Tips for Buying Garden Plants Online

Buying live garden plants online is different than buying non-perishable goods. Here are 10 things you need to know before you shop.

It’s easy to buy just about anything online, from the cars we drive to the clothes we wear. Live plants are no exception.

Some people live where there isn’t a garden center within 100 miles. Others can only find time to shop for plants late at night after everyone else has gone to sleep.

Buying plants online is a major convenience, plus you can find some one-of-a-kind varieties you won’t see in most stores.

However, before you begin, there are some things you should be aware of. Here are 10 tips to ensure your online plant-buying experience is a success:

Order at the Right Time

Garden plants are seasonal. Not all are available at the same time of year, so you’ll need to learn which types to look for in the appropriate seasons.

Generally, the sooner you place your order, the more likely you are to find what you need in stock. Once an item is sold out, you will usually have to wait until the following year to try and purchase it again.

  • Order spring blooming bulbs from early summer through fall, for fall planting.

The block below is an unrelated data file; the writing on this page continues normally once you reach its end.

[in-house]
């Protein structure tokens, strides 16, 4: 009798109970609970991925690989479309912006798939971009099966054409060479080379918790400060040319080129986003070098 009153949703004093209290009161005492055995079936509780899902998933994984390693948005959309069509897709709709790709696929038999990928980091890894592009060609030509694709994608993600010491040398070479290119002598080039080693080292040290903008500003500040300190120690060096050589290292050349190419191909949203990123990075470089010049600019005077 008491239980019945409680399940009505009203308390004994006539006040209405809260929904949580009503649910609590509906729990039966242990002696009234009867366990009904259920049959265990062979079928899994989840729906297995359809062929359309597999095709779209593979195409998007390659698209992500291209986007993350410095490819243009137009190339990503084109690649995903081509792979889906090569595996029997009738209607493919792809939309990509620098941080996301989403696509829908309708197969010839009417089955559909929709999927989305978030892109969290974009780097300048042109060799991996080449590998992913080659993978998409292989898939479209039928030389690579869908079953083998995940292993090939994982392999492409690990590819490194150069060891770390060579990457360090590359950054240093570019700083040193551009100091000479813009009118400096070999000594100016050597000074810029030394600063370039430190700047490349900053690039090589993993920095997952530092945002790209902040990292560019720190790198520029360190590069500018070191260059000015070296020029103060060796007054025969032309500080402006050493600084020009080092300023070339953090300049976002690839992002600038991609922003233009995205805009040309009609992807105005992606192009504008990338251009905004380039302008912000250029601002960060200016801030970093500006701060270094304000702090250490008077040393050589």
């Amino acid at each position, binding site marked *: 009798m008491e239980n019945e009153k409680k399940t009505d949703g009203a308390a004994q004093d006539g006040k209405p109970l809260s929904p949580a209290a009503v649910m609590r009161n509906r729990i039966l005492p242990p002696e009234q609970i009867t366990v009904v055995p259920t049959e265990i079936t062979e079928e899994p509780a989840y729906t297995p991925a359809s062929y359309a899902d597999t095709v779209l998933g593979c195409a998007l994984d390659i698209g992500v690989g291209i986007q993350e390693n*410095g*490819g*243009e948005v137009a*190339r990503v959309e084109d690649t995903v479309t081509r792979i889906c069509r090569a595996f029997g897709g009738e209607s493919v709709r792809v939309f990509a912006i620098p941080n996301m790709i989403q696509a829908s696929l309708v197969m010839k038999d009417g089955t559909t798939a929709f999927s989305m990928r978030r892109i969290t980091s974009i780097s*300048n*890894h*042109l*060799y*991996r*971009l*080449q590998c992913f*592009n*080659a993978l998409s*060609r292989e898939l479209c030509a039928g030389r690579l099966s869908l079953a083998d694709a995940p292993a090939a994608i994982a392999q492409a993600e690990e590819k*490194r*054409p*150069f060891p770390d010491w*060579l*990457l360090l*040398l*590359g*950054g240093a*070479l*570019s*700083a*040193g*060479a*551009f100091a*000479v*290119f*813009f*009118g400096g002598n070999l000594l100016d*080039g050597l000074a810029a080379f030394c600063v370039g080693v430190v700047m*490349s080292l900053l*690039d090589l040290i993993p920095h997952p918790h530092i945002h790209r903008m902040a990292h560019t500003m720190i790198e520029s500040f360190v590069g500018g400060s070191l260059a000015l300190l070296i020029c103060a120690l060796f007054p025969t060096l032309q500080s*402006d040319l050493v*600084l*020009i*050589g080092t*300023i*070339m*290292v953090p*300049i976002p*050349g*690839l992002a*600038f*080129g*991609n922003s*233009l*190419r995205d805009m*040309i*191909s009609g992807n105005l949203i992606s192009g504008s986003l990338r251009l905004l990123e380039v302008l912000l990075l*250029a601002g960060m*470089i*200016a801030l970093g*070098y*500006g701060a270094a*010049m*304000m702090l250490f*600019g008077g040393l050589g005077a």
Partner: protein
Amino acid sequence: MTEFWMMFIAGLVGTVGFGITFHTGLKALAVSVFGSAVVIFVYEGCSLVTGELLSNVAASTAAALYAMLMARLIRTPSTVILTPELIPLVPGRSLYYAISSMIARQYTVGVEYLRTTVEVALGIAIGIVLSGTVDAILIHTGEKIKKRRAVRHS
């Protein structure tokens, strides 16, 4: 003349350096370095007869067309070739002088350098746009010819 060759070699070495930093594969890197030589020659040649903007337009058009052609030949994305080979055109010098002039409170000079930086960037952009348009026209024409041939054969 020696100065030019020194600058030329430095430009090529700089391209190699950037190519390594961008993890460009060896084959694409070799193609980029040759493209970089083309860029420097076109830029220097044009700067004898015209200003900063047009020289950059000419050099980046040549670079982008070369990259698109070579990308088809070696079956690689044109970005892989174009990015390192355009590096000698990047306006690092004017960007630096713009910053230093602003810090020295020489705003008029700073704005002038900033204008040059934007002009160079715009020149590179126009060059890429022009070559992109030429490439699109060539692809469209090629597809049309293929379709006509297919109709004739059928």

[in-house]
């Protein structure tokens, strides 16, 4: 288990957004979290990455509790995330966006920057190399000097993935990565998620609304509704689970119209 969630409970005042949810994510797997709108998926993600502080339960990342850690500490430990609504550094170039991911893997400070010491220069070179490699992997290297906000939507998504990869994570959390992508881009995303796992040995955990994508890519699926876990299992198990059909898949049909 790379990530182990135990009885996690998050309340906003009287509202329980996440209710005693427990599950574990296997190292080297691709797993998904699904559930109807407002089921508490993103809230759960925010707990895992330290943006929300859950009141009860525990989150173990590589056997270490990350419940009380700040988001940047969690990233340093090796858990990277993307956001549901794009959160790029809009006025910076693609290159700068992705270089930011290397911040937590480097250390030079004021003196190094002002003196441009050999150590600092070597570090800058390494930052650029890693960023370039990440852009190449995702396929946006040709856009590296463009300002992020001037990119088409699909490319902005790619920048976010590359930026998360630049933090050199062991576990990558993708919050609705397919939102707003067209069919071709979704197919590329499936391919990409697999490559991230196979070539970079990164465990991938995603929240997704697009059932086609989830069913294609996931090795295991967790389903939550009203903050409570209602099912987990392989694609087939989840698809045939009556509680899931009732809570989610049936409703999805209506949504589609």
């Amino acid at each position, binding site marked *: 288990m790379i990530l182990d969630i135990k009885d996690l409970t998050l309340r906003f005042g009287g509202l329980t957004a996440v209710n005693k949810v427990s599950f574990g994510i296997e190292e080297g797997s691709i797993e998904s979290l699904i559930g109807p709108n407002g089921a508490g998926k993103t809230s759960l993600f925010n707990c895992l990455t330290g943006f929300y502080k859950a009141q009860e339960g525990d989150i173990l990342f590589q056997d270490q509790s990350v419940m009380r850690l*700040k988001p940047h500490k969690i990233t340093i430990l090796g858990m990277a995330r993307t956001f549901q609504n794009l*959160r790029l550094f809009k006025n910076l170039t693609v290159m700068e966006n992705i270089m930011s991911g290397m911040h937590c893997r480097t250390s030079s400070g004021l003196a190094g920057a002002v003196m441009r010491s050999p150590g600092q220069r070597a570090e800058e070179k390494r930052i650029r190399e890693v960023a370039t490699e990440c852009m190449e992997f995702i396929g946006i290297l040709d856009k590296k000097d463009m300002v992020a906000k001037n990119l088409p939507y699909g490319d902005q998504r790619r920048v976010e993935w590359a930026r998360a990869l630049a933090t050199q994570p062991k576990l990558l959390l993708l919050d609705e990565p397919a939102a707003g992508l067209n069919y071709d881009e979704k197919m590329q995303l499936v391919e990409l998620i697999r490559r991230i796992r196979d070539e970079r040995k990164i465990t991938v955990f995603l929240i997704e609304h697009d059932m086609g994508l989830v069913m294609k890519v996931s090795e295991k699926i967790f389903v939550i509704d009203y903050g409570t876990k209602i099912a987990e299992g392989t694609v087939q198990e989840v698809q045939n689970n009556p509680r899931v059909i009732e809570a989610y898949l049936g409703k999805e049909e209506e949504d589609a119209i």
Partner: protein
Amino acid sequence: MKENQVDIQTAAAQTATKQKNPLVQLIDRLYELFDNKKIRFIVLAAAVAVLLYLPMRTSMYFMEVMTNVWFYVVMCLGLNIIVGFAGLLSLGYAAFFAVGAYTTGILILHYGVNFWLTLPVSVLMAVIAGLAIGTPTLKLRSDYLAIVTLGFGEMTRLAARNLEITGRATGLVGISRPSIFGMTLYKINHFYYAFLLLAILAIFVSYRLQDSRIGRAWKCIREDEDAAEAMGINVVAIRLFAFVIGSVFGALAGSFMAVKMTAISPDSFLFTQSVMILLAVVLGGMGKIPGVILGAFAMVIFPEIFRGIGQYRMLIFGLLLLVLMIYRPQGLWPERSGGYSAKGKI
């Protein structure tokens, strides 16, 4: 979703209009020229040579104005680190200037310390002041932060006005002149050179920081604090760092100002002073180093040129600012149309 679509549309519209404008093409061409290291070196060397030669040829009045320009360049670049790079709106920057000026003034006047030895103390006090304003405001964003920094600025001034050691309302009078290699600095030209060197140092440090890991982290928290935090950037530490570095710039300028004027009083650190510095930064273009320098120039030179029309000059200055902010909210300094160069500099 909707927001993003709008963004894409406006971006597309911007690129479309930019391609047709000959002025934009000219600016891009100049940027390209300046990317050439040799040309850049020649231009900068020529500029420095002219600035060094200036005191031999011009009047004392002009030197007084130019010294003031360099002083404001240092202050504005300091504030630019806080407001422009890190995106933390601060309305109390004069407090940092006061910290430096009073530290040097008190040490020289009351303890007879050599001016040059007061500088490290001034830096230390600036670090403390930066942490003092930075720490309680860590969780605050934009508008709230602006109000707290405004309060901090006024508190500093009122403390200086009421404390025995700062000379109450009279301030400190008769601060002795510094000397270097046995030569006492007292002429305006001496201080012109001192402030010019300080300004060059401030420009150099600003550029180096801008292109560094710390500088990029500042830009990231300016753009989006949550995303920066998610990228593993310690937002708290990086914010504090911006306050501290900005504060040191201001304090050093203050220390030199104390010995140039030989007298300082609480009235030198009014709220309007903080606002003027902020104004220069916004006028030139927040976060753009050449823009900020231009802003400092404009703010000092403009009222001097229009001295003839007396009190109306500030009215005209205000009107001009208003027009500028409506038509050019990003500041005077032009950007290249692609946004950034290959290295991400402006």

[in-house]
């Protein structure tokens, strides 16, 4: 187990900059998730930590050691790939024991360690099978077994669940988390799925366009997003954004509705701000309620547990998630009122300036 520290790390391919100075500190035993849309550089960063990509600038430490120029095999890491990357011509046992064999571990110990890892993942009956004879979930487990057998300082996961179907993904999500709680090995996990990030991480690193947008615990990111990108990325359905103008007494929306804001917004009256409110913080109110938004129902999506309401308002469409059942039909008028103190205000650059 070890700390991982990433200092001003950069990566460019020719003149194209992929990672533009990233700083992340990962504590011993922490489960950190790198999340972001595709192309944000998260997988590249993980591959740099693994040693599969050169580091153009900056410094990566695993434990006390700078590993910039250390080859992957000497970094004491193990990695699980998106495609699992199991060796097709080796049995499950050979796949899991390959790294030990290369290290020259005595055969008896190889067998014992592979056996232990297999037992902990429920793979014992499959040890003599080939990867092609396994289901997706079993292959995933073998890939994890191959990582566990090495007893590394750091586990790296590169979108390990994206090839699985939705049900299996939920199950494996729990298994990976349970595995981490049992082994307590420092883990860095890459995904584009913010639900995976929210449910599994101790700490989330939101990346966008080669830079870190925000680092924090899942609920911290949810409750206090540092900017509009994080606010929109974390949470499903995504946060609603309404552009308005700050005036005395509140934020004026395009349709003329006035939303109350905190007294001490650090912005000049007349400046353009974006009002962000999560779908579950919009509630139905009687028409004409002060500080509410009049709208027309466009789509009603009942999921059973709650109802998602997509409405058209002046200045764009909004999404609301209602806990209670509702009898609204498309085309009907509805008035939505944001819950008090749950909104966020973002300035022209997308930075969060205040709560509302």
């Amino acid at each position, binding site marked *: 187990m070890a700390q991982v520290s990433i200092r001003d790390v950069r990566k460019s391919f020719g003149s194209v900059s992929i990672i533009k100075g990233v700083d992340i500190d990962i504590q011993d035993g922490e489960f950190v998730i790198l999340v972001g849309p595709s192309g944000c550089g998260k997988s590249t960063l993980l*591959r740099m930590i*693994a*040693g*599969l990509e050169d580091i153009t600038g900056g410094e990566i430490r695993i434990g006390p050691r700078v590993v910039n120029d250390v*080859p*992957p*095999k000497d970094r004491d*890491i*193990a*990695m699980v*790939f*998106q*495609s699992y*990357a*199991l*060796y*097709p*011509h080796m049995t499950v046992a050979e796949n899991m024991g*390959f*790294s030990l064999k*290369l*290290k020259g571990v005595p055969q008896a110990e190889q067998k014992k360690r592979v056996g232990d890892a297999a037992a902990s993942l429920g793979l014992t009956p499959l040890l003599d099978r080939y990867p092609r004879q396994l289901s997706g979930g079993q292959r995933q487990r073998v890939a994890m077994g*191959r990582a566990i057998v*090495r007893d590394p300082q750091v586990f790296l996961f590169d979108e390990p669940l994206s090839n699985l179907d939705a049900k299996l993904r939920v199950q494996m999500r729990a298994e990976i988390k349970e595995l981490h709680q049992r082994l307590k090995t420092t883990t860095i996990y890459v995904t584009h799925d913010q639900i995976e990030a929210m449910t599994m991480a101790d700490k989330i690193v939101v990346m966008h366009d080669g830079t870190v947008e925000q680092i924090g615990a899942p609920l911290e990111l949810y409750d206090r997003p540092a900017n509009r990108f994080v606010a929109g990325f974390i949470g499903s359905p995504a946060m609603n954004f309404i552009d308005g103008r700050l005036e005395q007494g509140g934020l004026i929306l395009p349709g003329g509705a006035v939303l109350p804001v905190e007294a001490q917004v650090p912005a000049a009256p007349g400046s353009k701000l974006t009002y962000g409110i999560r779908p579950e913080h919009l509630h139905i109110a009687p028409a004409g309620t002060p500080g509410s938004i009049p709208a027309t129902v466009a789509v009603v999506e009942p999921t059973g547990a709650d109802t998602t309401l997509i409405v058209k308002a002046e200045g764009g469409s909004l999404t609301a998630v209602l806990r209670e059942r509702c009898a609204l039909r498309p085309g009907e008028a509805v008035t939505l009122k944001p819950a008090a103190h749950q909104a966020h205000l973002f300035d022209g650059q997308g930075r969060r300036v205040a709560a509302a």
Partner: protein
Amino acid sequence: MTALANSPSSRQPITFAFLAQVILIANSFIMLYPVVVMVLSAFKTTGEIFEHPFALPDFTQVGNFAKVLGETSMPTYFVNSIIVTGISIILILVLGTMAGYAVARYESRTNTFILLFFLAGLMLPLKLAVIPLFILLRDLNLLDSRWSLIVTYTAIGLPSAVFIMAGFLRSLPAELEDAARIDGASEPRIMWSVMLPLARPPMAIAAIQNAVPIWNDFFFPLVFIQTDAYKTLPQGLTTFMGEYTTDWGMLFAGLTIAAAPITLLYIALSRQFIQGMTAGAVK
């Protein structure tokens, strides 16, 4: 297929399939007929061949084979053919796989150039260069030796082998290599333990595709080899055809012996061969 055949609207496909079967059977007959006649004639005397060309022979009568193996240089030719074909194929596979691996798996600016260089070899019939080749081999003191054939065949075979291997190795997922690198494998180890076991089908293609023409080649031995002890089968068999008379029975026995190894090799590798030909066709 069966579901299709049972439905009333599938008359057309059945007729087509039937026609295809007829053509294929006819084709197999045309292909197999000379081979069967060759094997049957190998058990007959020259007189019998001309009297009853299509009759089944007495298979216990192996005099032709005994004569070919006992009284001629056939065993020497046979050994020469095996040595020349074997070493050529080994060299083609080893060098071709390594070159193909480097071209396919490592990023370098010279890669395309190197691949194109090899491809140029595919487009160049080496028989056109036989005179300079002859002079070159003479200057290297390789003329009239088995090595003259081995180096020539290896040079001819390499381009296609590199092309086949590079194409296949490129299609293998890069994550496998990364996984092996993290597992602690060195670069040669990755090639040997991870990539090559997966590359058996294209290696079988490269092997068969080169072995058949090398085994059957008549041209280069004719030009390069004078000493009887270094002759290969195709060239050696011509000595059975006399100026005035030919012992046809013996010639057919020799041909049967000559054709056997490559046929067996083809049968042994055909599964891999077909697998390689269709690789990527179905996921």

• Order summer blooming bulbs from early fall through winter, for fall and spring planting.
  • Order seeds from January through early spring, for late winter and spring sowing.
  • Order annuals, perennials, trees and shrubs in winter, for spring shipping or in summer for fall shipping.

Check the ship date of your order to make sure your plants will arrive in the appropriate planting season. Most online plant companies will send them at the proper time. But some will ship anything you order immediately, which may leave you stuck with plants you can’t use.

Shop for Unique Plants From Specialty Growers

Standard flats of flowering annuals can be purchased at any garden center in the spring, so don’t bother ordering those online. Instead, look to specialty growers who focus on specific species you aren’t likely to find locally.

MrMaple.com sells hundreds of varieties of Japanese maple trees exclusively by mail order. B&D Lilies offers bulbs from award-winning breeders. Daffodil varieties that date to the 1800s are sold online by Old House Gardens Heirloom Bulbs. Unique varieties of organic vegetable, herb and flower seeds can be delivered to your door by Select Seeds.

Know Your Zone

Unlike your local garden centers, which only stock plants appropriate for your climate, online sellers service the whole country. Not everything on their website will grow where you live. That’s why it’s important to know which U.S. Department of Agriculture Plant Hardiness Zone you live in, so you can look specifically for items that will grow in your climate.